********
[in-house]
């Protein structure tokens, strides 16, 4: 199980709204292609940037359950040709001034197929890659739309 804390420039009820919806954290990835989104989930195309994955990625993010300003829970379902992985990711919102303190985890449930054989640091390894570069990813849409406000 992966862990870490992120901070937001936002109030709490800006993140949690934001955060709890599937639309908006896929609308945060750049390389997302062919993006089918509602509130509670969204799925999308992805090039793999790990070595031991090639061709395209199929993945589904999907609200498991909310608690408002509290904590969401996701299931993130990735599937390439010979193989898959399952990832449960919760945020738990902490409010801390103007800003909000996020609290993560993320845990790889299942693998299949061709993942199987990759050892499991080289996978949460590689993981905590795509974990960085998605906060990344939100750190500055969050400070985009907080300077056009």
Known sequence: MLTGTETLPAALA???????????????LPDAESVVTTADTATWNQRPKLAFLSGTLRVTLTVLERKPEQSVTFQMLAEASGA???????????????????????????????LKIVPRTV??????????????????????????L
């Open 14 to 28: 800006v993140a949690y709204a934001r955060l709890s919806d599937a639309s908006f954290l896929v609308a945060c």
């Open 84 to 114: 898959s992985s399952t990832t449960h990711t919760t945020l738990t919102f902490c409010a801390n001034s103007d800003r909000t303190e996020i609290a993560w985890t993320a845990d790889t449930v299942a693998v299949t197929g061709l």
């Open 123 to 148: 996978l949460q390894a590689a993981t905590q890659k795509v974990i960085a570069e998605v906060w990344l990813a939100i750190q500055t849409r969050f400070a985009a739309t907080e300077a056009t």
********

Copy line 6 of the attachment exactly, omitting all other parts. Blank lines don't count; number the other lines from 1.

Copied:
């Open 123 to 148: 996978l949460q390894a590689a993981t905590q890659k795509v974990i960085a570069e998605v906060w990344l990813a939100i750190q500055t849409r969050f400070a985009a739309t907080e300077a056009t």